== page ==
Washington, D.C. (WorkersCompensation.com) – At least 25 state Attorneys General and six U.S. Senators oppose the $8 billion settlement agreement between the U.S. Department of Justice, Purdue Pharma and the Sackler family in regard to their role in the opioid crisis.
Recently, U.S. Sens. Elizabeth Warren (D-Mass.), Ed Markey (D-Mass.),Tina Smith (D-Minn.), Chris Van Hollen (D-Md.), Richard Blumenthal (D-Conn.), and Ron Wyden (D-Ore.) wrote a letter to U.S. Attorney General William Barr asking the DOJ to provide information on how the department decided on the irregular agreement and what alternatives the department had considered as well.
At issue for the senators, and states’ attorneys general, was the provision in the agreement that would dissolve Purdue Pharma and reorganize it as a “public benefit company,” with the profits from the sales of opioids the company produces going to abatement programs across the country.
That provision, the senators said, creates a “significant conflict of interest” by putting state and local governments in a position to profit from the drug over which they are suing the company.
“While the full contours of the proposal remain murky, the proposed public benefit company arrangement raises a number of urgent concerns. If approved, this arrangement could create a significant conflict of interest, giving the same states and local governments that are responsible for regulating the opioid industry a financial interest in the sale of opioids,” the senators wrote. “The terms of the settlement would force state and local governments, victims and survivors, and other stakeholders to accept an arrangement that many had already rejected or played no role in developing.”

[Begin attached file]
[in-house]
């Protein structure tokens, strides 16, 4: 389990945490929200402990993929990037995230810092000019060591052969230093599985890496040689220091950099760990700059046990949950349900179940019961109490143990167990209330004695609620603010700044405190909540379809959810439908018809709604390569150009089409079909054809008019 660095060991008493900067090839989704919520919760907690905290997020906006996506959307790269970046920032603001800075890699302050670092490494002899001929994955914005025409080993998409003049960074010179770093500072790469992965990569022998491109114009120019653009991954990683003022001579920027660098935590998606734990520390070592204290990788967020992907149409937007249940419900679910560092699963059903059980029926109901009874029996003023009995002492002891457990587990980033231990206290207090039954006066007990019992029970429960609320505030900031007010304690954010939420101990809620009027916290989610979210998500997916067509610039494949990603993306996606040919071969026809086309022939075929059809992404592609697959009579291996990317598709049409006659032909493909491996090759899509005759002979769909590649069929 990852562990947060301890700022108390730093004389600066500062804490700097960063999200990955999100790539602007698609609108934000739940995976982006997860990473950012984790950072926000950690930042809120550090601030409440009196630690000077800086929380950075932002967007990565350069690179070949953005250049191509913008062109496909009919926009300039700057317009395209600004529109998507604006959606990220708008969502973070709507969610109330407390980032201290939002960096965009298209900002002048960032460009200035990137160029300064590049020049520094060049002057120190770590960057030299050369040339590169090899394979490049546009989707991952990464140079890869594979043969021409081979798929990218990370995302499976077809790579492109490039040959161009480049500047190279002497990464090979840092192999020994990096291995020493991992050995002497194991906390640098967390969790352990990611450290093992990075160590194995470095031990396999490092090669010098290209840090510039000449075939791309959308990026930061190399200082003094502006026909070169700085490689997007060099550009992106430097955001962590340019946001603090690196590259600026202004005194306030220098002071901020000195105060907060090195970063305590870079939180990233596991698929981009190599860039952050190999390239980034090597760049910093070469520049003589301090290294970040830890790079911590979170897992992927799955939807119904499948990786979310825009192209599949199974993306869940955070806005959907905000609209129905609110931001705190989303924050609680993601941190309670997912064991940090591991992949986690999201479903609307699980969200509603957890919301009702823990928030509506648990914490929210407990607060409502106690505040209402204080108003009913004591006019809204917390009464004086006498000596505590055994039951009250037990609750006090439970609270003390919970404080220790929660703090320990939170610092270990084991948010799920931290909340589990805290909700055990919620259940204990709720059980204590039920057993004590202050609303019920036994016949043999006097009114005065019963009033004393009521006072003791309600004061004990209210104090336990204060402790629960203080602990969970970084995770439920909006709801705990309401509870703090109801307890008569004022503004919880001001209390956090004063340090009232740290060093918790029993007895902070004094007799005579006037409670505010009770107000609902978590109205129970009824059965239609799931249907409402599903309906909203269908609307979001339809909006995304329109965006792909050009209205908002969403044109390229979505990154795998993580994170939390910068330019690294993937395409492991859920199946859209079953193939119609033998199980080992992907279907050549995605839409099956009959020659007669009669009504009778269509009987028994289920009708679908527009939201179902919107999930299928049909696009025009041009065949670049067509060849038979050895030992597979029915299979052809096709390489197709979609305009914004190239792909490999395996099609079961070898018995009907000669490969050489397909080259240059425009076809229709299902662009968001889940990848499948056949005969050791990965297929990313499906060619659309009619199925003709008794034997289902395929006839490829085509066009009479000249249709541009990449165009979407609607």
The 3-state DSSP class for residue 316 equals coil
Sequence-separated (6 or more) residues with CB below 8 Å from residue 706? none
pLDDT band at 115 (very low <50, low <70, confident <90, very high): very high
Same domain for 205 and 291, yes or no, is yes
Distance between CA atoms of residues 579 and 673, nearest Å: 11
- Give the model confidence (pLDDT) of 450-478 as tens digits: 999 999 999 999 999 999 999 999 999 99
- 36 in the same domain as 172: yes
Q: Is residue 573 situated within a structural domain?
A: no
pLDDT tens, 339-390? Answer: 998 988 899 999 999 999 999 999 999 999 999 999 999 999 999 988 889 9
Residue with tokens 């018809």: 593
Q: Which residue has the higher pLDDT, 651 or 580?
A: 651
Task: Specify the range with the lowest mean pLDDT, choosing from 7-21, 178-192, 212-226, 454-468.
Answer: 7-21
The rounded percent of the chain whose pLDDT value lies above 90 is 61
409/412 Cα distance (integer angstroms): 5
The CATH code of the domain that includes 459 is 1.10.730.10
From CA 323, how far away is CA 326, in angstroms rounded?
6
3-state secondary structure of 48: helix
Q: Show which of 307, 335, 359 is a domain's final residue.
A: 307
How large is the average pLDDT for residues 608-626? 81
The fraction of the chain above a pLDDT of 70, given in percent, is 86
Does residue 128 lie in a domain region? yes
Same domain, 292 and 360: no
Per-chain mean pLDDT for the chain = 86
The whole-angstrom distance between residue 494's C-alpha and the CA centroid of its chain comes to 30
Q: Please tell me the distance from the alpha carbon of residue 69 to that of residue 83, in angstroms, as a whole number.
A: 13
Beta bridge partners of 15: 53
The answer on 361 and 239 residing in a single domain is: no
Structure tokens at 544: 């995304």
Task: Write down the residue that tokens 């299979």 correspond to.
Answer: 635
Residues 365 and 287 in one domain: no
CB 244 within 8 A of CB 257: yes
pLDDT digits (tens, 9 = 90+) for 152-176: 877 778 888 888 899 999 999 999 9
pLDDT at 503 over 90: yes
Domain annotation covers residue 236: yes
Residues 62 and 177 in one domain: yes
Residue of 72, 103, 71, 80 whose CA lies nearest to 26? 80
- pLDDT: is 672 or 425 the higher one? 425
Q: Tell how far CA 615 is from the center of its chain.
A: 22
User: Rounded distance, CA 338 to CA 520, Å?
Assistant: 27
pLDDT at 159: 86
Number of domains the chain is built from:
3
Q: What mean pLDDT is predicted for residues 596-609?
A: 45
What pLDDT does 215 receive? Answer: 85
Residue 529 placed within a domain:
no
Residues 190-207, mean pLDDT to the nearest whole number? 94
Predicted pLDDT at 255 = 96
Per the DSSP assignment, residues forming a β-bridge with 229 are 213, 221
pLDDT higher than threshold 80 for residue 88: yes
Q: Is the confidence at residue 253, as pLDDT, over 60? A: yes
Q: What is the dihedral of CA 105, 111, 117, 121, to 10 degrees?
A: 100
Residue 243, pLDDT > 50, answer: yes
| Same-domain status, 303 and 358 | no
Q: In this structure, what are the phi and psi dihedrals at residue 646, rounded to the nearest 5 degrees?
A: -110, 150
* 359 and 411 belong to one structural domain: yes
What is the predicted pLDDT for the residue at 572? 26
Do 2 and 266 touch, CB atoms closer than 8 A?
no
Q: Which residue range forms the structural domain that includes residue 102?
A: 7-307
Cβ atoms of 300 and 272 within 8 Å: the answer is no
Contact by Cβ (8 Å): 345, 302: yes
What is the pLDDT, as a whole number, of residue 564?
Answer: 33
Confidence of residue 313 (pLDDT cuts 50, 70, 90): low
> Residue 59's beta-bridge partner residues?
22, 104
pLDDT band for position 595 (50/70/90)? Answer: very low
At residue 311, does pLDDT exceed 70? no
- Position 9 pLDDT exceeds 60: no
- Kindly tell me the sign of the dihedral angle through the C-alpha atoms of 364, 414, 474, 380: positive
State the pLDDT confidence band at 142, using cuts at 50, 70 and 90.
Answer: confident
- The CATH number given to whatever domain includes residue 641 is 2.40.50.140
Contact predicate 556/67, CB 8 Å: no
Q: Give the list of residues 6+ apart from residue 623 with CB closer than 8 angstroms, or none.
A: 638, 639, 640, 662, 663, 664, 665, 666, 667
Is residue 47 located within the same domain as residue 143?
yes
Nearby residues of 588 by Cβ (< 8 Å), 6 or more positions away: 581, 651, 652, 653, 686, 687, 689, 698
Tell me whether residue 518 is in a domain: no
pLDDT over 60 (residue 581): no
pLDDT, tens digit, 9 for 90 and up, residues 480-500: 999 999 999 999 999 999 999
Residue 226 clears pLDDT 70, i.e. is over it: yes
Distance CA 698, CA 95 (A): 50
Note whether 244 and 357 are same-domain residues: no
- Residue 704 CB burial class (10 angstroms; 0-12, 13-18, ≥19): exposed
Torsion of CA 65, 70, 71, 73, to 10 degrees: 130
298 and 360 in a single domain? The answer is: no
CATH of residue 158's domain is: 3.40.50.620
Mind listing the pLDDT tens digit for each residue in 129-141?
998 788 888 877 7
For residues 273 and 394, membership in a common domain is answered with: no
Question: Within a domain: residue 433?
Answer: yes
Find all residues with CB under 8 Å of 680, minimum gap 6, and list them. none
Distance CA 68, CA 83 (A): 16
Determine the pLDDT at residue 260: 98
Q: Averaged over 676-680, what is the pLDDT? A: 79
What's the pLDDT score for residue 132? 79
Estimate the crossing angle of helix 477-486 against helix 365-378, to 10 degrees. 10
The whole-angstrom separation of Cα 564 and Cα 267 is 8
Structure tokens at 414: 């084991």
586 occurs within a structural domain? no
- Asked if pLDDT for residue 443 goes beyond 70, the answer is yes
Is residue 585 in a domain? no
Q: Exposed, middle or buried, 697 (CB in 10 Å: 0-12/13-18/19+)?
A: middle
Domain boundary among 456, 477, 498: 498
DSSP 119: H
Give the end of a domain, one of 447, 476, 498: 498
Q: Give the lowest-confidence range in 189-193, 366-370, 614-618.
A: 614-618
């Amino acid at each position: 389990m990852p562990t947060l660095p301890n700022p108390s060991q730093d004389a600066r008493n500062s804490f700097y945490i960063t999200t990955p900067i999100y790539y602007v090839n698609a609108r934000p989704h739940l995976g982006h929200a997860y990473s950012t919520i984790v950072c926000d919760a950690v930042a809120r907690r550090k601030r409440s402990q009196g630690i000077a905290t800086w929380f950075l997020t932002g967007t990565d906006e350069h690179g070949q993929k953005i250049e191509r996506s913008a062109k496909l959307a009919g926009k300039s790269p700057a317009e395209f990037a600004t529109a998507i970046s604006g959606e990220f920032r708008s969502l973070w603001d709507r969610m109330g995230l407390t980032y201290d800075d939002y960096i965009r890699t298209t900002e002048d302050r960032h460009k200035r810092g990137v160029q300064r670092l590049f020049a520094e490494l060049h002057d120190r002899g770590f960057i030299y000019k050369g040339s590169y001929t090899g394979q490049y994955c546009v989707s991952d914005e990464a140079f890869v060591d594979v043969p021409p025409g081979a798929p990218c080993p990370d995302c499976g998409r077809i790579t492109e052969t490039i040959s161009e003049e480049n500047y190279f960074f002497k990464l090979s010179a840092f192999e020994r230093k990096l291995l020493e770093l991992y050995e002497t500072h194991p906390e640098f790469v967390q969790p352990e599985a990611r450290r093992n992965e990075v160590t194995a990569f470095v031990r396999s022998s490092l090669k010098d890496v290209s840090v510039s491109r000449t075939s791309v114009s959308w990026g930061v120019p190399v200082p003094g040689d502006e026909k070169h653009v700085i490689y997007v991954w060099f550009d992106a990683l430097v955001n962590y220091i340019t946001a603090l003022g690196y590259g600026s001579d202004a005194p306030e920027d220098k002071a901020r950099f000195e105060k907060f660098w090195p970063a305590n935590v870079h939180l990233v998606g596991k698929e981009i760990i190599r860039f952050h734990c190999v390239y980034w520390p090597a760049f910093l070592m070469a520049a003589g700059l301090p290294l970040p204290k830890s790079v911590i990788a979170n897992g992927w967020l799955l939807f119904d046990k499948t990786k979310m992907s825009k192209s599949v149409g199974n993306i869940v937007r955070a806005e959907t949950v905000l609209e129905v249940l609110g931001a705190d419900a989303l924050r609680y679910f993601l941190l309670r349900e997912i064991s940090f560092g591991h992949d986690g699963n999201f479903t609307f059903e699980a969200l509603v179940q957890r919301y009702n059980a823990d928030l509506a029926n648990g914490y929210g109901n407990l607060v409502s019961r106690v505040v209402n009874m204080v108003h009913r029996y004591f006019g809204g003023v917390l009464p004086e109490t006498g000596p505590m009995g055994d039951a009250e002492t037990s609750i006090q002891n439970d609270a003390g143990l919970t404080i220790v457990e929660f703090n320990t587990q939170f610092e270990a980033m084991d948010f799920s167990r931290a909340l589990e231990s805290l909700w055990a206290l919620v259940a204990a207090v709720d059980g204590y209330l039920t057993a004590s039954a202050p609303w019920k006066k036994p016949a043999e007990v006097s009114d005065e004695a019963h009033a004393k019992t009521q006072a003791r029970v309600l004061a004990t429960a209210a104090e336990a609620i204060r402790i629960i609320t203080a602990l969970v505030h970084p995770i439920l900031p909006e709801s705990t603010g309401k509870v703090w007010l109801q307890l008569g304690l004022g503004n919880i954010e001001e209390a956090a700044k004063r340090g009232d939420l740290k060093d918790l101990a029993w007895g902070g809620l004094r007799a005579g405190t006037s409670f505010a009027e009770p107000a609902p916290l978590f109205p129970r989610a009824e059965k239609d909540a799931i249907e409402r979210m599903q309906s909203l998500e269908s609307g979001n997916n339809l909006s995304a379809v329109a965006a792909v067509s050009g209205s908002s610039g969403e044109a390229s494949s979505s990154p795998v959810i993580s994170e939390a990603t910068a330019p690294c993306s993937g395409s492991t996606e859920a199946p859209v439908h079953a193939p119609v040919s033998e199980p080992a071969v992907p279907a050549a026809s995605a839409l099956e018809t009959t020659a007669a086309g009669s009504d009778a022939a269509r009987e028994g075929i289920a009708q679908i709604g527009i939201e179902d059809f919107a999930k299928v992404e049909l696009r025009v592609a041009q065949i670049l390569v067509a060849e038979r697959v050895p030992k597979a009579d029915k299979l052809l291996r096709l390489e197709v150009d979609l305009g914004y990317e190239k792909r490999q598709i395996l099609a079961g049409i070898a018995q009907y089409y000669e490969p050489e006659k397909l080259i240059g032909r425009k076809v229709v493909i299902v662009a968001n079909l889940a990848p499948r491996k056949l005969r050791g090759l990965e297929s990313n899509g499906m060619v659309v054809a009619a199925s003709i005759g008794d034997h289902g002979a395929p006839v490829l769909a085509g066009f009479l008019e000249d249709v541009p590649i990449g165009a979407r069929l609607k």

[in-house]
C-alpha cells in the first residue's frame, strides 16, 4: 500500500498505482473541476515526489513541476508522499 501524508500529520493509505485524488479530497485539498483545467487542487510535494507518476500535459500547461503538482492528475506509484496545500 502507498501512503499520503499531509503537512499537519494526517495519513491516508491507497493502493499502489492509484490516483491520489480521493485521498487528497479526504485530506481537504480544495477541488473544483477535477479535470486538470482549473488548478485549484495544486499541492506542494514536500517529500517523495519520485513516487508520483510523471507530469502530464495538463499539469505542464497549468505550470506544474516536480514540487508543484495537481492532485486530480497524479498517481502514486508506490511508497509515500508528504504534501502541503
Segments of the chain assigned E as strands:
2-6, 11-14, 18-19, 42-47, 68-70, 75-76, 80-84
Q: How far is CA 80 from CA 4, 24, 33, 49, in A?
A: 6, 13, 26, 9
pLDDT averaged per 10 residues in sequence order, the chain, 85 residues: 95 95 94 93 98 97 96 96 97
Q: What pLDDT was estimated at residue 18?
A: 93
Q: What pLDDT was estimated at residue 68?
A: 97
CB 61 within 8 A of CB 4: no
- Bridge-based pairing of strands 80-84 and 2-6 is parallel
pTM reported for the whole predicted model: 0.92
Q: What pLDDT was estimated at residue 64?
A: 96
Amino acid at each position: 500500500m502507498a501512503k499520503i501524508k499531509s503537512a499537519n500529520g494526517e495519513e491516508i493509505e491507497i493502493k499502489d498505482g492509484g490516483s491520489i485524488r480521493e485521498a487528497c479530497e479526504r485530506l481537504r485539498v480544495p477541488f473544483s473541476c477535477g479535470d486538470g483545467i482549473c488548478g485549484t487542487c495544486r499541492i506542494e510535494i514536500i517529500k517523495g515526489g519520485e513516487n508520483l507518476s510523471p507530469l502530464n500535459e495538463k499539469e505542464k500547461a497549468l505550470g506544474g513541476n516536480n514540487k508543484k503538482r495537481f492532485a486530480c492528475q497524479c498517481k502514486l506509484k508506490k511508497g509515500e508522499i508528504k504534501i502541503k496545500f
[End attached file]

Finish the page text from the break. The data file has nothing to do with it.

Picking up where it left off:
Purdue Pharma was the leading manufacturer of Oxycontin, an opioid widely thought to be the start of the opioid epidemic. Purdue is owned by the Sackler family, who has taken more than $13 billion from the company in the past few years.
As part of the settlement, Perdue will pay $3.544 billion in criminal fines and pay an additional $2 billion in forfeiture of past profits. The company will also pay $2.8 billion to resolve the company’s civil liabilities. Much of that money will come from the PBC.
Almost as soon as the agreement was announced it faced backlash from attorney generals who had sued the company for its part in the opioid crisis.
In an October letter to Barr, 25 states’ attorneys general asked that Barr overturn the agreement.
“We ask you to reverse that decision for three reasons. First, as we explained above, the Sacklers’ proposal to cloak the OxyContin business in public ownership compromises the proper roles of the private sector and government. Thousands of Americans have died, and it is a top priority of every State to enforce the law against the perpetrators whose misconduct caused the opioid crisis. The last business our States should protect with special public status is this opioid company,” the attorneys general wrote. “Second, even if DOJ disagrees with the principles that keep government out of the opioid business, DOJ should not impose its view on States, cities, families, and all other stakeholders in the bankruptcy. Instead, the relevant parties in the bankruptcy should be permitted to negotiate without DOJ putting its thumb on the scale.”
The attorneys general said they would continue to oppose the plan and vote against it in court as the proposal moves through the court system. In September 2019, Purdue announced it would be declaring bankruptcy citing the many opioid lawsuits against it. Because of that, the agreement with the DOJ will have to go through the bankruptcy court, and others, in order to get approved.
In their letter, the senators asked the DOJ to provide them with information about its process for deciding to include the reorganization of the company into the settlement agreement, what alternatives it considered, the precedent for the DOJ’s decision and how the DOJ assessed the value of the resulting PBC.